Come Here Often?

The other day someone complimented me for being ‘timely and relevant’ on my entries because I shared this post just days after the data was released. Today I found an article from a year ago that I want to share … hopefully you find it just as timely and relevant.

The article that caught my attention was entitled “Catholics cite God, not homilies, as reason for attending Church.” It got me thinking about my own reasons for attending not just Sunday Mass but daily Mass. Is it the homilies? Nope, sure isn’t. That’s not saying anything out the priests at my parish in particular, you know I’ve got some love about some things they do! We’ve got a great preacher and a not-so-great preacher (I won’t call them out them here!).

So why am I there? Jesus in the Eucharist … I think it’s that simple. Sometimes I don’t know how Church is helping me, but I do realize a difference in my day, my life, and my disposition when I skip daily Mass for whatever reason. I need Jesus in my life.

So back to the article! They shared two questions. The first was basically “Why do you stay home from church?”


The Number One reason why people said they stay home is that they “practice their faith in other ways.” It’s not that they’re unwelcome, they don’t have the time, or even those ‘terrible homilies’ everyone’s always complaining about. For Catholics, 47% said it’s “I practice my faith in other ways.”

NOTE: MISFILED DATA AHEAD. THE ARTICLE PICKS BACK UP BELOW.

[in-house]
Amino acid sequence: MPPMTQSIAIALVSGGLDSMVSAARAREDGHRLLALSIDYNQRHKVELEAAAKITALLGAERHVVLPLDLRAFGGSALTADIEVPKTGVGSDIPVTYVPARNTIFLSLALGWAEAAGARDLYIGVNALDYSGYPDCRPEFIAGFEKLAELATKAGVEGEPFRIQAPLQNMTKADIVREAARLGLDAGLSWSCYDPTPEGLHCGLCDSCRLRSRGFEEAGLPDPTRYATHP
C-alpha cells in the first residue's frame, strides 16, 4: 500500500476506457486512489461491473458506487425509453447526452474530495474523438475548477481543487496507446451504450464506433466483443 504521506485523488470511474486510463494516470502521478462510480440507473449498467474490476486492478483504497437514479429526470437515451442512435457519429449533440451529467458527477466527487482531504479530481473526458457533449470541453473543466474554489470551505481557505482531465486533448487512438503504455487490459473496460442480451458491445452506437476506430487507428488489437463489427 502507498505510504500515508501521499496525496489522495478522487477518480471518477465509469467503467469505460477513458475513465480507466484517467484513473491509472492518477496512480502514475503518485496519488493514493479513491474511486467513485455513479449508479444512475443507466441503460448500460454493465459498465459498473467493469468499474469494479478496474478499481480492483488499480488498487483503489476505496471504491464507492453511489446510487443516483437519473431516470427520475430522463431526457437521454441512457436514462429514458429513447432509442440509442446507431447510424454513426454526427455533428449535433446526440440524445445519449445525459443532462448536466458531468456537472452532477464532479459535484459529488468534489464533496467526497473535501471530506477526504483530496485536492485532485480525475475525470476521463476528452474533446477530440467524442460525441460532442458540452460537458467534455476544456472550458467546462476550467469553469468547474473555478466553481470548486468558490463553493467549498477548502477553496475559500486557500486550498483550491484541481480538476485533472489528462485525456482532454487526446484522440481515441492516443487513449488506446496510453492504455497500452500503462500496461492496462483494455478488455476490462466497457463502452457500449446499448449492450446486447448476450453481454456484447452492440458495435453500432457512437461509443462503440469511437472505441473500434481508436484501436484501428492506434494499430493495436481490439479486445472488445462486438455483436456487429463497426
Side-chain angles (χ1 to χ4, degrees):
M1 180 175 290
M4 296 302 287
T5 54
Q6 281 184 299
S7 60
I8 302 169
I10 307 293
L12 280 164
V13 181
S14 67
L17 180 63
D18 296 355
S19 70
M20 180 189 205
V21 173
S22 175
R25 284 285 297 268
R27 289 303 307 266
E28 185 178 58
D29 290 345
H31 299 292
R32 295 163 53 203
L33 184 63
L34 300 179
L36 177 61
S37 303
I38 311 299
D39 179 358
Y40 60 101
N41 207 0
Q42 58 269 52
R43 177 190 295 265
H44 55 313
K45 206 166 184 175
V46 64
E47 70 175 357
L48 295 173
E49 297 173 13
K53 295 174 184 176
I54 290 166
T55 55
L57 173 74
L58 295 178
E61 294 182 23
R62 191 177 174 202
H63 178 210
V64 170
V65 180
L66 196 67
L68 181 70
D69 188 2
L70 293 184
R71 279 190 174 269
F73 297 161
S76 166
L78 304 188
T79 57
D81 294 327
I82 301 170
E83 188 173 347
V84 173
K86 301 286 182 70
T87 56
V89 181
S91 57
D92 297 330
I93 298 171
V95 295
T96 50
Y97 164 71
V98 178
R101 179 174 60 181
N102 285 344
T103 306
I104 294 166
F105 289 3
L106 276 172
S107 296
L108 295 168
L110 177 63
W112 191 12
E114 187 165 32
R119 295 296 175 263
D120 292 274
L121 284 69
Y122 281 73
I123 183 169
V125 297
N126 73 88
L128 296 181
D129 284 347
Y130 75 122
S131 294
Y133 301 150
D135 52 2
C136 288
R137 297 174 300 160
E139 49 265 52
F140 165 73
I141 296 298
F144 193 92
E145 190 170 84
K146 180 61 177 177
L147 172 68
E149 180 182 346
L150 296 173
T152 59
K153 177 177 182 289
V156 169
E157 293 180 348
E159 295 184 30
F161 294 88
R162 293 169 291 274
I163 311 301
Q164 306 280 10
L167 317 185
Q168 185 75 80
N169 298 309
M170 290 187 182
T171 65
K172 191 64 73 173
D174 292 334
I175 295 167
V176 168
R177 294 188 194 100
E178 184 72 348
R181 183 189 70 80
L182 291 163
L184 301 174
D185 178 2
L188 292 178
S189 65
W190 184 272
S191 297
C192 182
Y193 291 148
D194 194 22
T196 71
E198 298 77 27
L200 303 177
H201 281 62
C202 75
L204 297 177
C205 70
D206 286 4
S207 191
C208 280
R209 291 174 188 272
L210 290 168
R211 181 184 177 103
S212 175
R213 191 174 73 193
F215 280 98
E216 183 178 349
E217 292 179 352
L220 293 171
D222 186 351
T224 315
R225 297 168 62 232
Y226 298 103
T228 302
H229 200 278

They also shared data regarding “Very important reasons why I go to Church.”


The top three answers, all at more than 60%: to become closer to God, to make me a better person, and for comfort in times of trouble. Homilies? Pretty far down on the list at 36%!

The real question is this: Why are homilies so low on the list? Are they just not that compelling? Are they good, but not as good as the other things on the list? Are they forgettable? Are they irrelevant to daily life?

I don’t know the answer to this. It could be all of those reasons or none of them. My purpose here isn’t to take a deep dive into what the homily should contain. My purpose is to show that the homily isn’t the “be all, end all” reason why people are coming or not coming to Mass for Catholics or Protestants for that matter. When it’s good, it’s the whipped cream on top of the sundae … when it’s bad, it’s that side of broccoli we know we should eat because ‘green things are good for you.’

Takes the pressure off a bit, doesn’t it? Give them Jesus, then they’ll eat broccoli and whipped cream, depending on the week!

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